Eric Johnson, Plaintiff-appellant, v. A. Meads; J. Zamora; B. Compton, Correctional Officer; S.davidson, Mta, Defendants-appellees, 134 F.3d 378 (9th Cir. 1998)Annotate this Case
Submitted Jan. 12, 1998. **Decided Jan. 15, 1998
Before: BROWNING, KLEINFELD, and THOMAS, Circuit Judges.
Eric Johnson, a California prisoner, appeals pro se the district court's judgment as a matter of law in favor of defendants in Johnson's 42 U.S.C. § 1983 action alleging the use of excessive force in violation of the Eighth Amendment. Johnson contends that the district court (1) erred by granting the defendants's motion for a directed verdict; (2) improperly cut off cross-examination; and (3) was biased against him. We have jurisdiction pursuant to 28 U.S.C. § 1291, and we affirm.
The district court must apprise parties of deficiencies in their proof, and give them an opportunity to present further evidence on the dispositive facts, before granting judgment as a matter of law against them. See Waters v. Young, 100 F.3d 1437, 1441 (9th Cir. 1996); Fed. R. Civ. P. 50 advisory committee's note to 1991 amendment; see also Lifshitz v. Walter Drake & Sons, Inc., 806 F.2d 1426, 1429 (9th Cir. 1986) (either movant or court must identify deficiencies in non-movant's case to satisfy Rule 50). This requirement is particularly important in the case of pro se litigants. See Waters, 100 F.3d at 1442.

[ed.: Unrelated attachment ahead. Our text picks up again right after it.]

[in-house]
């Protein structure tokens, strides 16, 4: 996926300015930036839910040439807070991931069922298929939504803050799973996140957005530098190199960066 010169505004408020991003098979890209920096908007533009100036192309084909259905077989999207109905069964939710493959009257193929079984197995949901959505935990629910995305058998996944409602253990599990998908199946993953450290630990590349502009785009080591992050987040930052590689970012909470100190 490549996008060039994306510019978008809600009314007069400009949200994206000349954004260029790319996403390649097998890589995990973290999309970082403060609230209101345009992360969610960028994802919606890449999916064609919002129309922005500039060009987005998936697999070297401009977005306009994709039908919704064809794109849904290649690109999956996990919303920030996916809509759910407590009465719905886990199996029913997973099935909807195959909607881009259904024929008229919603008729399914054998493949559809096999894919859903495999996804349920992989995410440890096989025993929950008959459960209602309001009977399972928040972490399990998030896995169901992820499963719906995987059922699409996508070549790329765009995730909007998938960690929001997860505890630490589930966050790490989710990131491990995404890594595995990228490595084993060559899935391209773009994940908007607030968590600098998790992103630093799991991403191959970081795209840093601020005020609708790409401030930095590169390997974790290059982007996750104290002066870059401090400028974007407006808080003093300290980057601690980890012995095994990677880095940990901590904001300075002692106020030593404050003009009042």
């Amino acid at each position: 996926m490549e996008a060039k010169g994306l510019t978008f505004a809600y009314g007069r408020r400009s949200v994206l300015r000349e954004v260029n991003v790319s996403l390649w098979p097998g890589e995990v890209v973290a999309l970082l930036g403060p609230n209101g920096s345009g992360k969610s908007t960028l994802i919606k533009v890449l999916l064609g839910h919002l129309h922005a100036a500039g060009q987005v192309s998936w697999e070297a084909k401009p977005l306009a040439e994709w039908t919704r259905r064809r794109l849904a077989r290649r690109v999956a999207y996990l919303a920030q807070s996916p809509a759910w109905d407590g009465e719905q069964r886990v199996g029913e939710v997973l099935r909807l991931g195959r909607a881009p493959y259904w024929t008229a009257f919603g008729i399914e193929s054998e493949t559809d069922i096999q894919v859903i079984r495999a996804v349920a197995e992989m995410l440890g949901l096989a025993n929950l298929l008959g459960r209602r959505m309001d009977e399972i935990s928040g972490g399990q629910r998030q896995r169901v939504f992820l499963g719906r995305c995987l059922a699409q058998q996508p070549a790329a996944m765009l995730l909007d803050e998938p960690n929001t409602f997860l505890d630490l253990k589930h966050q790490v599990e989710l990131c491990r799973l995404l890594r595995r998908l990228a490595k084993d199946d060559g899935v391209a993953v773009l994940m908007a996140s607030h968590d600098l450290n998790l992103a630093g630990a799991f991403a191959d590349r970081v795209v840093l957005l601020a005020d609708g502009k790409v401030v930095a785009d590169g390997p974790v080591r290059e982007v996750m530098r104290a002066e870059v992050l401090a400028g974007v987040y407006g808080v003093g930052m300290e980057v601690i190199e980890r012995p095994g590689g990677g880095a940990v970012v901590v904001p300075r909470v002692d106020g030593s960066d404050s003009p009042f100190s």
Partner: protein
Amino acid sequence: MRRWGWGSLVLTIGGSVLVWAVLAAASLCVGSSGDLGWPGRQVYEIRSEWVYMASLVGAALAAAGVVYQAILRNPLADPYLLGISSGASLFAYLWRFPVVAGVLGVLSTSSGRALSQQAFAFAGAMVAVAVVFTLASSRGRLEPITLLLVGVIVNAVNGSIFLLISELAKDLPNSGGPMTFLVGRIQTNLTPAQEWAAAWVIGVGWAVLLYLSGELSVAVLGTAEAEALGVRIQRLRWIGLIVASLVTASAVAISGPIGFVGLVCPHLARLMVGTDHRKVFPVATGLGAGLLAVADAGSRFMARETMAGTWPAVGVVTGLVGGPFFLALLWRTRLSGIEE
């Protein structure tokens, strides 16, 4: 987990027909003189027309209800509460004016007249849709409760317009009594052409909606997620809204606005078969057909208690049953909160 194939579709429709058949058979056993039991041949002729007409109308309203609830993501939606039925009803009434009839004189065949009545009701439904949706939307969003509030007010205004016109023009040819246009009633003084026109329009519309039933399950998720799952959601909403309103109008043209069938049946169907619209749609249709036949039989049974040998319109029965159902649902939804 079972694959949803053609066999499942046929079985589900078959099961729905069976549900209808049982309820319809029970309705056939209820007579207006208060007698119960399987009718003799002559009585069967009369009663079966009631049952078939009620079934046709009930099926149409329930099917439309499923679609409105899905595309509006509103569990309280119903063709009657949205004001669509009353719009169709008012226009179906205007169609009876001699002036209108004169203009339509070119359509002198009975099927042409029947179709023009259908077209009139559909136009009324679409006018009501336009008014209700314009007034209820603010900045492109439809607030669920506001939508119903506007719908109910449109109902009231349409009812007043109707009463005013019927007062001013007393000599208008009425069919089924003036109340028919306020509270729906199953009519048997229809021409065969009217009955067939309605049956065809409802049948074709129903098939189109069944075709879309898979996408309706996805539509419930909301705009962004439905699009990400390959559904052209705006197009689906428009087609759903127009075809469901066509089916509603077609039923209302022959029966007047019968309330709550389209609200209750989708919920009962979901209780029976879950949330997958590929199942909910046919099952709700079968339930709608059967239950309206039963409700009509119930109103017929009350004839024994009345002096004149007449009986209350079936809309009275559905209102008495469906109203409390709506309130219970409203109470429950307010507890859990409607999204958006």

At trial, Johnsons testimony consisted solely of conclusory allegations against the defendants. At the end of his testimony, Johnson concluded his case-in-chief. The district court asked Johnson if he wished to present any additional testimony or call any other witnesses. The court also explained to Johnson the necessity of presenting evidence prior to concluding his case, and stated that he needed to explain with greater sufficiency what was done to him and how it occurred. Despite the court's advisement, Johnson refused to call any other witnesses, and chose to rest his case based only upon his testimony. The defendants moved for a judgment as a matter of law, stating that there had been no showing of injuries or the requisite state of mind on the part of the defendants. After reviewing the record, the district court determined that there was no legally sufficient evidentiary basis for a reasonable jury to have found for Johnson on his claims. See Waters, 100 F.3d at 1441. Accordingly, the district court properly granted the defendant's motion because Johnson received the notice and opportunity to which he was entitled under Rule 50. See id. at 1441-42; Fed. R. Civ. P. 50 advisory committee's note to 1991 amendment.
Johnson also contends that the district court improperly "cut-off" his cross-examination, and was biased against him. Upon review of the record, we find these contentions conclusory and lacking in merit. See Keniston v. Roberts, 717 F.2d 1295, 1300 (9th Cir. 1983) (vague and conclusory allegations are not sufficient to support a section 1983 claim).